What Happens if You Focus a 5W Laser With a Giant Magnifying Glass? Negative Kelvin Temperature!
A group of physicists from Reis University has developed a technology for cooling photoionized neutral strontium plasma.
In order to avoid the difficulties associated with the high temperature of such an aggregate state, the researchers used a neutral plasma created by photoionization of an ultracold atomic gas. After 135 microseconds of cooling, the ion temperature decreased by almost four times., before 50 mK.
The technology works through rate-dependent scattering and momentum exchange between near-resonant photons and ions, molecules or atoms. Immediately after the formation of the plasma, the opposing polarized beams illuminated it, forming a one-dimensional optical flow for laser cooling along its direction. The peak intensity of a single beam reached 100 mW / cm2. The decrease in the cooling efficiency caused by the coherent coupling of states and the resulting magnetically induced transparent regions was minimized due to rapidly changing collision velocities in the plasma.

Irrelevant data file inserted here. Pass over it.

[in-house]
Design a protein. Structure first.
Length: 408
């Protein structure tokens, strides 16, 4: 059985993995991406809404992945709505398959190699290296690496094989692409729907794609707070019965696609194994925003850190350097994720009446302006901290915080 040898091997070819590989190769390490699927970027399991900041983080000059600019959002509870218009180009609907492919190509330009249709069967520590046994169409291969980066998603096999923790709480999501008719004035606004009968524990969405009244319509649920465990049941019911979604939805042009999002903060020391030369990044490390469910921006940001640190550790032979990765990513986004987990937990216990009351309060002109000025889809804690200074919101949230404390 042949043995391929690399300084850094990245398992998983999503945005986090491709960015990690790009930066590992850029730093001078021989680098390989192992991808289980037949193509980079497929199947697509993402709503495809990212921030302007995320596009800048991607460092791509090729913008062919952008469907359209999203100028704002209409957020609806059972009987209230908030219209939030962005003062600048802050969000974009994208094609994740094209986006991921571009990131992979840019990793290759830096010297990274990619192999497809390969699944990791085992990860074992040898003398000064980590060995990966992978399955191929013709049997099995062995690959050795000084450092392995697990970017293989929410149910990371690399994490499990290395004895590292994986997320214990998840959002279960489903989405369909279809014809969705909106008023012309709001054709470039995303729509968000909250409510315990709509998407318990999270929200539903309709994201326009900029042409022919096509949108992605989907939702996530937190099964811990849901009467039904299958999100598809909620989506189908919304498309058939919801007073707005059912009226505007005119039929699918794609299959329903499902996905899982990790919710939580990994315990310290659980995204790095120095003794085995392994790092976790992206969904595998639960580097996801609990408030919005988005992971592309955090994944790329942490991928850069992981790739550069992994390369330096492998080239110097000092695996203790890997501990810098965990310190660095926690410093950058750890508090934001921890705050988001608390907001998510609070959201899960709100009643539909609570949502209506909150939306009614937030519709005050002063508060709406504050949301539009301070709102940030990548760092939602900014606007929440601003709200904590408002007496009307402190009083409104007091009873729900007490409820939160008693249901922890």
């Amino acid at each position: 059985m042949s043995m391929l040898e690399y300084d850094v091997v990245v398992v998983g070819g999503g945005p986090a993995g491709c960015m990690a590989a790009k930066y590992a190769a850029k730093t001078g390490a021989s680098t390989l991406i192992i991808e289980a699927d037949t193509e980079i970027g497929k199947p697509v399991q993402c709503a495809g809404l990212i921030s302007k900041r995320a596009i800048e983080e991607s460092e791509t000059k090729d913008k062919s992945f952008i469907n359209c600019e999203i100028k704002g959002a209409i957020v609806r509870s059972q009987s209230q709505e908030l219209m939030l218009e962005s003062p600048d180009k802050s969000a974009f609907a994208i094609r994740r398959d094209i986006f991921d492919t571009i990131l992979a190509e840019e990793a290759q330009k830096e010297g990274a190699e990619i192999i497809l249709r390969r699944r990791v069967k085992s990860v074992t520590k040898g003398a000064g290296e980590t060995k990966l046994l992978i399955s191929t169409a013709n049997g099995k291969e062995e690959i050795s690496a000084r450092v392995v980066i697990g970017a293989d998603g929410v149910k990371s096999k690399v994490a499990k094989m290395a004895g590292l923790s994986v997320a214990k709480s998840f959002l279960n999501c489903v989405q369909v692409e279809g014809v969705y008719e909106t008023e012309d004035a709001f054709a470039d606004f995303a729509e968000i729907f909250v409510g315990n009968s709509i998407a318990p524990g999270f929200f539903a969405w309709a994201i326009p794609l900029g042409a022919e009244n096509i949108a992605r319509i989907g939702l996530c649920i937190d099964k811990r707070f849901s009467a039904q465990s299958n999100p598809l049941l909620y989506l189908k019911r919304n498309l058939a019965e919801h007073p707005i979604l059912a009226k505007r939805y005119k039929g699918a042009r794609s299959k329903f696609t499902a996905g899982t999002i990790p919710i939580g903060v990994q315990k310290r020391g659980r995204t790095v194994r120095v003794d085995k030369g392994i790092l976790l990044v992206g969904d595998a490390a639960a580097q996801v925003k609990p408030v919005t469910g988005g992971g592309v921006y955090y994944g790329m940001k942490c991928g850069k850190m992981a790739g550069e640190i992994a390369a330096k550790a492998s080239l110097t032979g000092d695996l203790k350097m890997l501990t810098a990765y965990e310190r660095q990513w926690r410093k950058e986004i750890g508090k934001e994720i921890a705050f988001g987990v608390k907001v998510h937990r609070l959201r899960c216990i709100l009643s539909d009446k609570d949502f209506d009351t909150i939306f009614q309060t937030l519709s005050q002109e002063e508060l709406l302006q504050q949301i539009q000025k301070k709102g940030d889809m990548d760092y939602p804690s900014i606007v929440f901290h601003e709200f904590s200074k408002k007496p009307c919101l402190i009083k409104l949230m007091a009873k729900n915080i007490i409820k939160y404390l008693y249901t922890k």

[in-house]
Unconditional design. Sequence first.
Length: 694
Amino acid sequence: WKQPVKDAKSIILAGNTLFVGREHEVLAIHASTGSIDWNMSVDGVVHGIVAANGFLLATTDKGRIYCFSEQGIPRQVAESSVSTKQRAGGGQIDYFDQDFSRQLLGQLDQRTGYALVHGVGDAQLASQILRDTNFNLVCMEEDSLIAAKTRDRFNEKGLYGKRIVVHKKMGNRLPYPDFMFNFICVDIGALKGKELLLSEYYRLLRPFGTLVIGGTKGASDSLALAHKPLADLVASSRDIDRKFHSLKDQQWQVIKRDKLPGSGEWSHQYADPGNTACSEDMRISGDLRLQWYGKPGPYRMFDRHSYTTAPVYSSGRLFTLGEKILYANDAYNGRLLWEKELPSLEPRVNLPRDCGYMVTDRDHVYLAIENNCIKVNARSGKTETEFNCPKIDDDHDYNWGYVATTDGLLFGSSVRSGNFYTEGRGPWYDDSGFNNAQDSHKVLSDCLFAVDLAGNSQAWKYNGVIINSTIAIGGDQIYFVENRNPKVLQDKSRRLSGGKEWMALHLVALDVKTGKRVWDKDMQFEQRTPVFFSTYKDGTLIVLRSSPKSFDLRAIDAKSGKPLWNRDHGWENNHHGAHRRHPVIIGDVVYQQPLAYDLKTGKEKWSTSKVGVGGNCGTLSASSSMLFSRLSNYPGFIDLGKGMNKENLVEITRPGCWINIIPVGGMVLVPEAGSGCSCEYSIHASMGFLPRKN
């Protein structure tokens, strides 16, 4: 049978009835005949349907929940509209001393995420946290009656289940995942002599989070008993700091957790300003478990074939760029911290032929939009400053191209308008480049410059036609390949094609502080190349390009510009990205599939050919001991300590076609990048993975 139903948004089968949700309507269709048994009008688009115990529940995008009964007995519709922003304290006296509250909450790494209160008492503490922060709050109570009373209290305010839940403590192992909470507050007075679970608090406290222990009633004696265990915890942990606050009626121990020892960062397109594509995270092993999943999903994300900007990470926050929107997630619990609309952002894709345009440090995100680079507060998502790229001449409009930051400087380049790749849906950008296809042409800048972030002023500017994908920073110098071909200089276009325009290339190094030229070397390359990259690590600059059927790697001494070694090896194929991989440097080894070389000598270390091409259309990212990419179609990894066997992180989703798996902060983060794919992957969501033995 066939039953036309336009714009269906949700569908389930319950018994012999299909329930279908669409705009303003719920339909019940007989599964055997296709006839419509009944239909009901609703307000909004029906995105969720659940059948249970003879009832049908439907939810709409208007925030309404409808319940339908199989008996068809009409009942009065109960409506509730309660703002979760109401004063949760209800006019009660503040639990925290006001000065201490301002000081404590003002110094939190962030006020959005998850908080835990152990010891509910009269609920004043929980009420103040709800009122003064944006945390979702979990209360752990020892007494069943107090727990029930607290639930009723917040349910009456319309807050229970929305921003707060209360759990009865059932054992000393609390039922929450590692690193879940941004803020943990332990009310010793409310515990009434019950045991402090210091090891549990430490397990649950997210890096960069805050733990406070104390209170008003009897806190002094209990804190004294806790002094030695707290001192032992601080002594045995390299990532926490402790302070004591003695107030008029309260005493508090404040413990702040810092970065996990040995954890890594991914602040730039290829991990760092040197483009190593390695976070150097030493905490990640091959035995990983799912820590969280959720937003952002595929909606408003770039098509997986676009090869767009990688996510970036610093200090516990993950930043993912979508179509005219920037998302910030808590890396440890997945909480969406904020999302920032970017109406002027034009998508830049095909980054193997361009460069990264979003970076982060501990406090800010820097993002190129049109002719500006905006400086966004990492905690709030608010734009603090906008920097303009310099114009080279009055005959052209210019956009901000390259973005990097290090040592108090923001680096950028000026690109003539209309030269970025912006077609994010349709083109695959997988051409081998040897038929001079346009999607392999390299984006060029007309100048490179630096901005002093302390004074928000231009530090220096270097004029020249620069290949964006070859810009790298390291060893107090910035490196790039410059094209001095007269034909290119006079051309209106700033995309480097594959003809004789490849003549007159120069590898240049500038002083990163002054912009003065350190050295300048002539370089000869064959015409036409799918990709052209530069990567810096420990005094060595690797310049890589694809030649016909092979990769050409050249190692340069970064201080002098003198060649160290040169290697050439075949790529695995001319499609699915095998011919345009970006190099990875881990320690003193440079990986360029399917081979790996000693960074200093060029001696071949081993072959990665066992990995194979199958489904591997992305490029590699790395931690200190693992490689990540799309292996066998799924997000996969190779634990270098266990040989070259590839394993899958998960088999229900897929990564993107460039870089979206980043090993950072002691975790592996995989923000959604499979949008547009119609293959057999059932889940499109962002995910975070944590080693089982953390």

Experimental scheme. Cooling (408 nm) and repulsive (1092 and 1033 nm) lasers were used in opposite configurations with the indicated polarization. The 422 nm light for LIF was generated with a slit to illuminate the central slice of the plasma.
Refrigeration was effective only in the central region and in areas for which the expansion rate along the laser axis remained less than or comparable to the range of velocity trapping for a noticeable time. However, due to the high frequency of collisions in the plasma, the effect spread in all directions.
According to physicists, in addition to lowering the temperature, the technology allows creating rather sharp velocity gradients and measuring shear viscosity. These same optical powers also slow down plasma expansion, opening up pathways for containment and other manipulations..
Experiments with classical hot plasma are also progressing well. China’s experimental superconducting tokamak managed to increase the temperature «artificial sun» up to 100 million degrees °FROM.
text: Ilya Bauer, photo: Rice University, inanemathgeek